“Don’t be too hard on yourself, Tristan. She did all she could to save us. And you did all you could to save her.”
“It was stupid of her to make such a decision.” He rose from the bed and turned to me.
“Grief is in her nature. She lost someone dear to her whom she saw as family. That is hard to bear.”
Tristan took a deep breath. After all, he was a young Sage and had a lot to learn.
“Are we not her family?” He asked. I was slightly taken aback. I thought about the question for a minute before I realised what he meant.
“We are,” I said carefully, “But I believe you mean if you meant anything to her enough for her not to sacrifice herself.”
He nodded, his face vulnerable and open. So I continued.
“The very fact that you mean a lot to her is why she did what she did. You could have died, Tristan. The responsibility of a Sage is to guide the Spellcasters, but there is only so much that we can control. Synto is far beyond our means, let alone a Neophyte’s.”
“Well, she used none of her magic,” he said, his tone returning to reason. A little bit of his normal self was starting to surface.
“Her instincts are her combat skills—she did grow up being taught by an elite Vampire. She is stubborn as well, which makes you both rather compatible,” I said.
His ruby eyes bore on me like he was trying to read me. I returned a smile.
“I’ve seen how close you have gotten with her and listened to the way you speak of her. I’ve known you since you were a child and I can tell when you are in love.”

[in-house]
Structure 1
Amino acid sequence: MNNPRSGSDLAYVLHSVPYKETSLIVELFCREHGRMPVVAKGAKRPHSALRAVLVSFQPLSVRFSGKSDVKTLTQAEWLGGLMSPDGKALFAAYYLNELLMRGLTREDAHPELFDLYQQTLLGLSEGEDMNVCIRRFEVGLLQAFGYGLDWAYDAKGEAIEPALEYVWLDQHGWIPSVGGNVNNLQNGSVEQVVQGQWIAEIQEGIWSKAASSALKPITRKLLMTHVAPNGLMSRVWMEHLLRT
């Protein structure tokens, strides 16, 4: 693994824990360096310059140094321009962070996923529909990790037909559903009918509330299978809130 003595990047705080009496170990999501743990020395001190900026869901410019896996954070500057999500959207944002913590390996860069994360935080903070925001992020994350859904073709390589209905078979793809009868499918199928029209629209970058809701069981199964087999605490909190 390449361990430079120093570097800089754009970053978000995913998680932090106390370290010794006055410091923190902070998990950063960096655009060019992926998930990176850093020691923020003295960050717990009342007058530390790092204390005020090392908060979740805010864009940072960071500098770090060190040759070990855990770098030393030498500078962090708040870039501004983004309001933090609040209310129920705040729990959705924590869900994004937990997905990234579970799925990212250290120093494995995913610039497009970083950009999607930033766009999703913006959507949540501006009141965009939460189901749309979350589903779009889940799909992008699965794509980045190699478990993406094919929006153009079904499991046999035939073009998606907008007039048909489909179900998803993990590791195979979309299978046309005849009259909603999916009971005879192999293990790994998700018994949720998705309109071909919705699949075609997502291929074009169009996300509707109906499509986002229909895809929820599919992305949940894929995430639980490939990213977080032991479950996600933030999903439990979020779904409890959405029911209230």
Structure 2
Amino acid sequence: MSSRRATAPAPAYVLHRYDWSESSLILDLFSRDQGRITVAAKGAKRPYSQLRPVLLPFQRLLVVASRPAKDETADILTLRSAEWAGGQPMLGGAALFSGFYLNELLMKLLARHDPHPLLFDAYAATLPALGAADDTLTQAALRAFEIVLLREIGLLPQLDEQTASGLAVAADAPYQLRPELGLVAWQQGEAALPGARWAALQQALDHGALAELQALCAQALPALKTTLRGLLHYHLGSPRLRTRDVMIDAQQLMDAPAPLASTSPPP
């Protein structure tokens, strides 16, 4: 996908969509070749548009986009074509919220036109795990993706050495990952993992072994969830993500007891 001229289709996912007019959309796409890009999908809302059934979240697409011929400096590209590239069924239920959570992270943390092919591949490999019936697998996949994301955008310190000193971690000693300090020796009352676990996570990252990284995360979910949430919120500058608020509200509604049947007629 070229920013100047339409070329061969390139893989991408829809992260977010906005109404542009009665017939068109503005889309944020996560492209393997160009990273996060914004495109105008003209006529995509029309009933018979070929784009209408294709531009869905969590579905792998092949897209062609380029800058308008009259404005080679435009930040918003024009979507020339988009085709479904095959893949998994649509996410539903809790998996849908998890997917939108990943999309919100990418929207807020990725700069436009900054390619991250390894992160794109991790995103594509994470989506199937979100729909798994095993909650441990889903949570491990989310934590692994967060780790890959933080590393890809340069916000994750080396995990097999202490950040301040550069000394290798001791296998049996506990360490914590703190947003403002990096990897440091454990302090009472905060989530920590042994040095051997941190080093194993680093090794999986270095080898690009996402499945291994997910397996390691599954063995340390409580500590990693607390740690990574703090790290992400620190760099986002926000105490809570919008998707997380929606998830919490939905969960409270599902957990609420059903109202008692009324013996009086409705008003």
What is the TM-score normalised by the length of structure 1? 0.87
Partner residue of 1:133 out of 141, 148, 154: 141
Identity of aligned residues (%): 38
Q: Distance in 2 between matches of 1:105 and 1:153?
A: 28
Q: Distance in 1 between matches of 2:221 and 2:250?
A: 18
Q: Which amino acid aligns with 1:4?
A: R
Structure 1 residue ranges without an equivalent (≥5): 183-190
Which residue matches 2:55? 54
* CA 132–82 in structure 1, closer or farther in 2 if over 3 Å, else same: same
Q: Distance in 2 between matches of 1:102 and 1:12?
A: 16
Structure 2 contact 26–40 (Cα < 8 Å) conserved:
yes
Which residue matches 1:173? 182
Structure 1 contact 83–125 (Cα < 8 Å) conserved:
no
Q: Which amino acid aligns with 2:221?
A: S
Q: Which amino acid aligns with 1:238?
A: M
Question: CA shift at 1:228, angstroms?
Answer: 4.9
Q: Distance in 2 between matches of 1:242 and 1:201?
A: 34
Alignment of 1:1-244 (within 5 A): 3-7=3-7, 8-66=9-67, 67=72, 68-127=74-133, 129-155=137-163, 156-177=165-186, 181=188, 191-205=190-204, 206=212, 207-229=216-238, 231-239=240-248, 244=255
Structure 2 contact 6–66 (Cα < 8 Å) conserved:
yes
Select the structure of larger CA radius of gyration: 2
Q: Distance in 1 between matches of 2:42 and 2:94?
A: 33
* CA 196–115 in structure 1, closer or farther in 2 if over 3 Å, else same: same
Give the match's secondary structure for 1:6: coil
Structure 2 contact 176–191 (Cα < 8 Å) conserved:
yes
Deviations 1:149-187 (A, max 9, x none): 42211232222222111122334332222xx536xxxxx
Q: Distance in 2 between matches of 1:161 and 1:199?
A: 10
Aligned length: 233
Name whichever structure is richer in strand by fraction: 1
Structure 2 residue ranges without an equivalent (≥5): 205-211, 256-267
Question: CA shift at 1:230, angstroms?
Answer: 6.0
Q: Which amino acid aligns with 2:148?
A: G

“I never saw it coming,” he shook his head, as if to himself. “She’s a little ill-mannered but I grew fond of her easily.”
“Your idea of love is naive, Tristan Embers. You would not have judged her manners if you knew better. I have always found her rather charming in a...goofy way.”
He laughed, “I’m glad I have you to confide in. I hadn’t realised my feelings got in the way of reason this past week.”
Then he paused like an epiphany struck him. “I just got it.”
Tristan started pacing the room. “My spell was blocked because of Heidi. Synto wanted her for his own use, and he didn’t intentionally block me. There was something else that was causing my energy to misalign and fail!”
“Something on her so whoever stands near her will not be able to cast their spells. Like a ring, or, or a pendant.”
“She wears no such accessory,” I said.
Tristan halted. Then he turned to me, ruby eyes wild. “Her choker! I knew it looked slightly odd. I have never seen it on her until just now.”
“You’re saying the choker is a magic repellent?”
“It’s a guess,” he said and then his tone returned to reason. “But I’m willing to take a chance on it.”
* * *
Lord Voltaire was out gathering his Vampires. Wynona went to get us breakfast while I pored over the map of the Worldly Realm on the dining table. Tristan climbed down the stairs.
“How was your sleep?” I asked as he straightened his black turtleneck.
The floorboards squeaked beneath his boots as he hung his red coat over his right forearm. His ruby eyes immediately bore on the map.
“Not the kindest of dreams,” he replied nonchalantly and then levelled his gaze on me. “Are we strategising?”
“Voltaire plans to start a war. I’m looking for a location to recce.”
“I’ll go,” he said, donning his red coat. “Anything to keep me moving.”
“Well then you’ll need this map. I’ve marked out every potential coordinate where the war could take place that does not disturb any civilisation.”
He nodded and received the map. His face was as grim as I’d ever seen.
I placed a hand on his shoulder and squeezed. “We’re doing all that we can to save her.”
His expression remained unchanged.
When Wynona returned, Tristan nodded towards her and disappeared through the door.